Startup Turns Wikis into Development Platform

 
 
By Matthew Hicks  |  Posted 2004-10-06 Email Print this article Print
 
 
 
 
 
 
 

JotSpot, started by the founders of Excite.com, launches a beta wiki service for building basic Web applications.

SAN FRANCISCO—The co-founders of early search engine and portal Excite.com are bringing a new concept to the Web: the wiki as an application development platform. JotSpot Inc., the brainchild of Joe Kraus and Graham Spencer, was unveiled here on Wednesday during the Web 2.0 conference and began offering invitation-only access to a beta of its hosted wiki.
Wikis are essentially collaborative Web pages that are open to editing by anyone. They have become increasingly popular in technology circles as a way to manage development projects and create documents.
But to Kraus, JotSpots CEO, wikis increasingly are becoming a platform on which to develop basic Web applications. JotSpot combines more typical wiki functions— collaborative editing, version control, support for attachments and full-text search—with a tool for writing applications and tying together outside data from RSS (Really Simple Syndication) feeds, e-mail and Web pages. "Today simple Web applications are not simple to build, and we wanted to make it so that simple Web apps were simple to build," Kraus said, in an interview before his conference presentation. JotSpot, based in Palo Alto, Calif., was formed about a year ago by the Excite.com founders. It began testing its wiki services over the past six months and has received $5.2 million in its first round of funding from venture capital firms Mayfield and Redpoint Ventures, Kraus said.
Click here to read about Microsofts contribution of wiki code to open source. Excite.com, once one of the leading search and portal sites, was sold to Ask Jeeves Inc. this year as part of that search companys acquisition of Internet properties from Interactive Search Holdings. In the beta, JotSpot provides a gallery of about a dozen application templates that users can install into their wiki pages. They include applications for tracking job candidates, managing help desks and organizing projects. Kraus agreed that the user interface of typical wikis has been one of their drawbacks for mainstream users. While JotSpots design still follows the more bare-bones look of todays wikis, it does include a WSYIWYG editor similar to a word-processing application for posting pages and content. Over time, JotSpot plans to focus on sprucing up the look and feel of wiki pages, he said. E-mail also plays a central role in JotSpot. Users can send an e-mail directly to wiki pages, where the messages can be stored and associated with a specific set of information, such as combining e-mails about a job candidate with a wiki page on recruitment, Kraus said. "We came up with the notion that every page is an inbox," Kraus said. JotSpot also has developed a prototype for integrating through SOAP (Simple Object Access Protocol) into SalesForce.coms customer relationship management service and plans to expand the types of data integration it can support, Kraus said. In the enterprise market for wikis, JotSpot is joining another Silicon Valley startup, Socialtext Inc. Formed in 2002, Socialtext has about 50 customers and recently raised more than $500,000 in funding. Kraus said he expects the JotSpot beta to last about three months with general availability following soon after. The beta is free, but the pricing model for the full launch has yet to be determined. Check out eWEEK.coms Messaging & Collaboration Center at http://messaging.eweek.com for more on IM and other collaboration technologies.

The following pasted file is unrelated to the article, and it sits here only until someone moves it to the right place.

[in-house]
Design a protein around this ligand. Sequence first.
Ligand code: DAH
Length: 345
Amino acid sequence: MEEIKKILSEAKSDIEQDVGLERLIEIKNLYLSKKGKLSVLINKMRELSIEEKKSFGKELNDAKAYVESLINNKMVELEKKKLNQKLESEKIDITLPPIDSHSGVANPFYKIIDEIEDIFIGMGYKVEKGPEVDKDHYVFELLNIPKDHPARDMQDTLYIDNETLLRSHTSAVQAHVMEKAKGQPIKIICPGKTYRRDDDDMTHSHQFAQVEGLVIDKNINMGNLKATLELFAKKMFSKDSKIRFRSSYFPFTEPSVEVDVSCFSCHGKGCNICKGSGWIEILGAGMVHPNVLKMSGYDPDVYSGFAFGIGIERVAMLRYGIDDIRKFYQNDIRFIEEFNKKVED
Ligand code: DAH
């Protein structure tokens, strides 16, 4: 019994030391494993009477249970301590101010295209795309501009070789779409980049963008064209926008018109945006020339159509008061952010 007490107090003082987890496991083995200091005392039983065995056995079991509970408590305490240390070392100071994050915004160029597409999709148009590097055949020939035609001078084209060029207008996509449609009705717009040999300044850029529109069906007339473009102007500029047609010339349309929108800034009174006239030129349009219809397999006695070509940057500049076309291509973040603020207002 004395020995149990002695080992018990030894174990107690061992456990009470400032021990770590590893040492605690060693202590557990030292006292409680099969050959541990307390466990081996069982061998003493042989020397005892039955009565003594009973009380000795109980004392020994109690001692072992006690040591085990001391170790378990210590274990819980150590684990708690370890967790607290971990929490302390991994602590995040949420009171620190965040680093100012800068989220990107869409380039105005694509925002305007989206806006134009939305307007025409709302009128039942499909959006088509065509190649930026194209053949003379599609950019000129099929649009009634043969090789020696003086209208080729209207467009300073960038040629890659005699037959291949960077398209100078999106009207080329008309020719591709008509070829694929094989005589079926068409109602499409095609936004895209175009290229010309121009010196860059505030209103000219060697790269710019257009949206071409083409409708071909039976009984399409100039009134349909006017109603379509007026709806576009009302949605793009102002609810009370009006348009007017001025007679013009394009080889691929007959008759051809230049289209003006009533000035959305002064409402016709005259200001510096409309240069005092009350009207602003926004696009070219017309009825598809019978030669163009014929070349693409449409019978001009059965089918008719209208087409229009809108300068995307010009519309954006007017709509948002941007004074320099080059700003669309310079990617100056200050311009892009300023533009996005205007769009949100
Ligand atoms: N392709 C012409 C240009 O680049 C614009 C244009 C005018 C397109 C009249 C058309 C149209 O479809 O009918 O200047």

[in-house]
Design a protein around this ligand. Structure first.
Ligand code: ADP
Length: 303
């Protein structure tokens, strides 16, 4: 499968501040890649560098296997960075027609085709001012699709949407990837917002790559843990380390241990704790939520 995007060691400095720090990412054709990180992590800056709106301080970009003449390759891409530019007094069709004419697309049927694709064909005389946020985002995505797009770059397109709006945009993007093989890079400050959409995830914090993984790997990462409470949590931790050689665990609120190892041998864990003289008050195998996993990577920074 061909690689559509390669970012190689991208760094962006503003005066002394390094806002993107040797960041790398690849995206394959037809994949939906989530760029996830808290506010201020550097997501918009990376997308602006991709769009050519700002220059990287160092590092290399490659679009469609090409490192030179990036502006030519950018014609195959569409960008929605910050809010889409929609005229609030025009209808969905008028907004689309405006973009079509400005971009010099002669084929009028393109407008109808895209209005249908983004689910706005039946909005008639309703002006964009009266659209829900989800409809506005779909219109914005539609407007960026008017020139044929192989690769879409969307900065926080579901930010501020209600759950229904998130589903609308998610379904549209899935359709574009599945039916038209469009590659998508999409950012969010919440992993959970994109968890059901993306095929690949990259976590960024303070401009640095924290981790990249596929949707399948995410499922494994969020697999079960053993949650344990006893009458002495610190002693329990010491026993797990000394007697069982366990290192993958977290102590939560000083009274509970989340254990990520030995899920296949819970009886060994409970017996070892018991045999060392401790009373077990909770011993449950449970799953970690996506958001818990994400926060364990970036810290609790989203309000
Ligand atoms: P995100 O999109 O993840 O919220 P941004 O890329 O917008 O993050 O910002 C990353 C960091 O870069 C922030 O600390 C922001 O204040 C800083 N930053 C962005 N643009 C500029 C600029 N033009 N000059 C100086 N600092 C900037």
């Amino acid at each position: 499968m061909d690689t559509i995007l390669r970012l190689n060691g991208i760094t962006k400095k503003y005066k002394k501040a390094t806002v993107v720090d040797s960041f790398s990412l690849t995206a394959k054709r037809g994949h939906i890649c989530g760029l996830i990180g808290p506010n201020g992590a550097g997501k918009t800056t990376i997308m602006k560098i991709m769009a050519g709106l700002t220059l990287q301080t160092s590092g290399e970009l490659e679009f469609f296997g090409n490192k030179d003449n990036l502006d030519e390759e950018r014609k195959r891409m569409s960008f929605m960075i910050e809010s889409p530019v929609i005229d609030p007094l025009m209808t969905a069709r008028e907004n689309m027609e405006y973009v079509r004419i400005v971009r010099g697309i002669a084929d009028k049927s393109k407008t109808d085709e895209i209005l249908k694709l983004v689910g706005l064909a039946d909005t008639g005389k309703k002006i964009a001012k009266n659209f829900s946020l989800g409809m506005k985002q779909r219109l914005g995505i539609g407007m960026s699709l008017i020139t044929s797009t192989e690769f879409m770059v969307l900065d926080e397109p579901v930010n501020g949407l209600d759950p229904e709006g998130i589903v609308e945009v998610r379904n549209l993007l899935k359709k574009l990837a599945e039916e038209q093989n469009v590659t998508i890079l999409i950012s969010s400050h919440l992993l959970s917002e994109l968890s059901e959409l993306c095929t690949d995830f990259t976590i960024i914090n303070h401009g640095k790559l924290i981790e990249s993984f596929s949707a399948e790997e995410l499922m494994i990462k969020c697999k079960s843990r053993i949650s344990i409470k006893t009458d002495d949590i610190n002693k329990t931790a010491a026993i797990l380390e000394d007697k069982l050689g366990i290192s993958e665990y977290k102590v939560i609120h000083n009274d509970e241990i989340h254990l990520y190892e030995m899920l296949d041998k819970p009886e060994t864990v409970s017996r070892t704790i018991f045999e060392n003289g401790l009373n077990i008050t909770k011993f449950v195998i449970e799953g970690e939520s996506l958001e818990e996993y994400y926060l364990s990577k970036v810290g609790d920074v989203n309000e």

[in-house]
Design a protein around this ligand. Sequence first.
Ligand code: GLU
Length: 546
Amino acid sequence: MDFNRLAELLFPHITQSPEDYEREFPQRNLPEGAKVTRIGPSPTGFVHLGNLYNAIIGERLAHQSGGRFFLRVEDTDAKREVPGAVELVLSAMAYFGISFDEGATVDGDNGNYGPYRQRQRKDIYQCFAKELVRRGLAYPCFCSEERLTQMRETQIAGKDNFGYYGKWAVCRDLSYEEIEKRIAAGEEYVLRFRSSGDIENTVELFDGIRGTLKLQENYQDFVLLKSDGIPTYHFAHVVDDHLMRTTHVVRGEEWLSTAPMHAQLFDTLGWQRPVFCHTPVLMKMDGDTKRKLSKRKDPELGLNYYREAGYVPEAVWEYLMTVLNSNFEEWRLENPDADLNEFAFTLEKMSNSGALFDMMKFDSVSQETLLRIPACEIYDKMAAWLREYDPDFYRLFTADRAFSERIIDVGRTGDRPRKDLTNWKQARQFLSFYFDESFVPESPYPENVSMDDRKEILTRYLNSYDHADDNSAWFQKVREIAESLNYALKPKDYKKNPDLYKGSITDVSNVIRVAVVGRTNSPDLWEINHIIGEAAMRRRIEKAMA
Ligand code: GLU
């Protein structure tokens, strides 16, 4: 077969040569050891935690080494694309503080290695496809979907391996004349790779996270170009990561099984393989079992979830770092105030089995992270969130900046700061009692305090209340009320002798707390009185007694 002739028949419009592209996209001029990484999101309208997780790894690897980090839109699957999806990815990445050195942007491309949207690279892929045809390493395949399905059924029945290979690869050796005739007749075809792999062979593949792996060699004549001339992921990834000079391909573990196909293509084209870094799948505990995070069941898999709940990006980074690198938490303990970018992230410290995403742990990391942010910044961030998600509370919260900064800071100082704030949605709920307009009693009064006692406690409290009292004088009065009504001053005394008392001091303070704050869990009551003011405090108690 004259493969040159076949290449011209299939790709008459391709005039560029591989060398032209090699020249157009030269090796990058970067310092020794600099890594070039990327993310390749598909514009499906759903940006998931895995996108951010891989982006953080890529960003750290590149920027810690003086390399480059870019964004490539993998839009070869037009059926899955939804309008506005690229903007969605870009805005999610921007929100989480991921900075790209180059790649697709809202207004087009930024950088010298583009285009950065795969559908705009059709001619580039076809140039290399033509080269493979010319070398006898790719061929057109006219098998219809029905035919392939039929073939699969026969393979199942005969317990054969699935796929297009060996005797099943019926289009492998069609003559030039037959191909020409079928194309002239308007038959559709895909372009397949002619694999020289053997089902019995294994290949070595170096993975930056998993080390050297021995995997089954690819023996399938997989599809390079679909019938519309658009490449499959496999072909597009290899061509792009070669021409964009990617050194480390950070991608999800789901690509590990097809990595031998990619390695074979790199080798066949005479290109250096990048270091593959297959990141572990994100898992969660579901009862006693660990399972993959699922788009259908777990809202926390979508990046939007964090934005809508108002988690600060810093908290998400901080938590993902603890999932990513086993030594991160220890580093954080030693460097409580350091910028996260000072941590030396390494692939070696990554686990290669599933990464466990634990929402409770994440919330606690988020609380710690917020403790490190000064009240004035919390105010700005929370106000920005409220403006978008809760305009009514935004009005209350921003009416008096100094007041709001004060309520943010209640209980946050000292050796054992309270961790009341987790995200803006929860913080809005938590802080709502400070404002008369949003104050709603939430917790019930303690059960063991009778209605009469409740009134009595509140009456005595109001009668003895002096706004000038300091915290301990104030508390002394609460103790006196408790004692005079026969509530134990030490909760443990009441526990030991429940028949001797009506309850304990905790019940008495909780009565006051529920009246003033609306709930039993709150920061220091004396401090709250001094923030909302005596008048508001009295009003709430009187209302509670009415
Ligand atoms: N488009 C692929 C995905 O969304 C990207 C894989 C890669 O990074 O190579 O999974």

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Matthew Hicks As an online reporter for eWEEK.com, Matt Hicks covers the fast-changing developments in Internet technologies. His coverage includes the growing field of Web conferencing software and services. With eight years as a business and technology journalist, Matt has gained insight into the market strategies of IT vendors as well as the needs of enterprise IT managers. He joined Ziff Davis in 1999 as a staff writer for the former Strategies section of eWEEK, where he wrote in-depth features about corporate strategies for e-business and enterprise software. In 2002, he moved to the News department at the magazine as a senior writer specializing in coverage of database software and enterprise networking. Later that year Matt started a yearlong fellowship in Washington, DC, after being awarded an American Political Science Association Congressional Fellowship for Journalist. As a fellow, he spent nine months working on policy issues, including technology policy, in for a Member of the U.S. House of Representatives. He rejoined Ziff Davis in August 2003 as a reporter dedicated to online coverage for eWEEK.com. Along with Web conferencing, he follows search engines, Web browsers, speech technology and the Internet domain-naming system.
 
 
 
 
 
 
 

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